On the key question of whether there was any racial bias to be found in the policies and procedures of the Bennington Police Department, the IACP determined that "policies appear neutral but the lack of policy in other areas may lead to bias in implementation of the current policies. Furthermore, additional areas of policy that are not currently part of BPD policies could add value to the BPD, increase accountability, and build trust and legitimacy in the community."
"Bennington was unable to provide full and detailed data, policies, and vision and mission statements that clearly address bias-free practices; economic or past criminal record(s); and gender, sexual preferences, or racial disparities, which suggests that data collection, analysis, and dissemination processes need to be examined," the report states.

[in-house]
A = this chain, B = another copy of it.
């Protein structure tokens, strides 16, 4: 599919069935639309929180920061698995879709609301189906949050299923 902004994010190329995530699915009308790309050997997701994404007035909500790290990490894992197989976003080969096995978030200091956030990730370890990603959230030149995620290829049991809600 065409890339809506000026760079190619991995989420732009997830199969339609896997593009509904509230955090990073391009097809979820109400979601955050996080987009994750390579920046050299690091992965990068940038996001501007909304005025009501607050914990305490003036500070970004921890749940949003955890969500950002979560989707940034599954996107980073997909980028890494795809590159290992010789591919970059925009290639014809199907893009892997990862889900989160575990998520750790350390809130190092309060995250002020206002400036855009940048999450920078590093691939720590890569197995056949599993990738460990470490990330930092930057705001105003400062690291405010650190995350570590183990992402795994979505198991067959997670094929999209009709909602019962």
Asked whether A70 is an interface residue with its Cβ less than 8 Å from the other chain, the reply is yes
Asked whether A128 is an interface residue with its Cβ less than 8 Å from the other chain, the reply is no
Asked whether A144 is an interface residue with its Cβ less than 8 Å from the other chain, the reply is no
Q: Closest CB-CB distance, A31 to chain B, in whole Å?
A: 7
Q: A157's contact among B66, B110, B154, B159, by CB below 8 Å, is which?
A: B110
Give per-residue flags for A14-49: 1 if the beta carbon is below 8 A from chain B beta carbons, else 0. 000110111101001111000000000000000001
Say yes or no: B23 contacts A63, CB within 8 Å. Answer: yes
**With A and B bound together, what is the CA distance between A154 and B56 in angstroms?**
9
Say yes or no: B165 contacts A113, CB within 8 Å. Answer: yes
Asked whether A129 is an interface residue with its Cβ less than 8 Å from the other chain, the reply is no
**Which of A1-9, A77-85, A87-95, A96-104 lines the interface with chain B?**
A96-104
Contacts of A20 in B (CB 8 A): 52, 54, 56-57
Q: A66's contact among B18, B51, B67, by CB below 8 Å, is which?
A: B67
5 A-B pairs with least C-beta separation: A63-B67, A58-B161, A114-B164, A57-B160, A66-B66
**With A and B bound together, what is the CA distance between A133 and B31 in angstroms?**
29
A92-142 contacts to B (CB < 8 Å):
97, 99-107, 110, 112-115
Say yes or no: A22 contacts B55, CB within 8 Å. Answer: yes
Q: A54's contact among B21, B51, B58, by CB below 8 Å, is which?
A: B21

The state ACLU and NAACP had called for an investigation last year, following allegations that Bennington officials withheld relevant evidence from Donovan’s investigation into the harassment of former state Rep. Kiah Morris. The IACP report does not address the allegations, though Town Manager Stuart Hurd has said that the police department cooperated fully in Donovan’s investigation and turned over all requested information concerning the complaints from Morris and her husband, James Lawton.
Morris and others had been critical of the department for not making any arrests concerning her complaints of racially motivated harassment and threats, leading to her leaving office. The attorney general's office found that, although Morris and her family had suffered harassment, nothing met the threshold of a criminal offense under current Vermont law.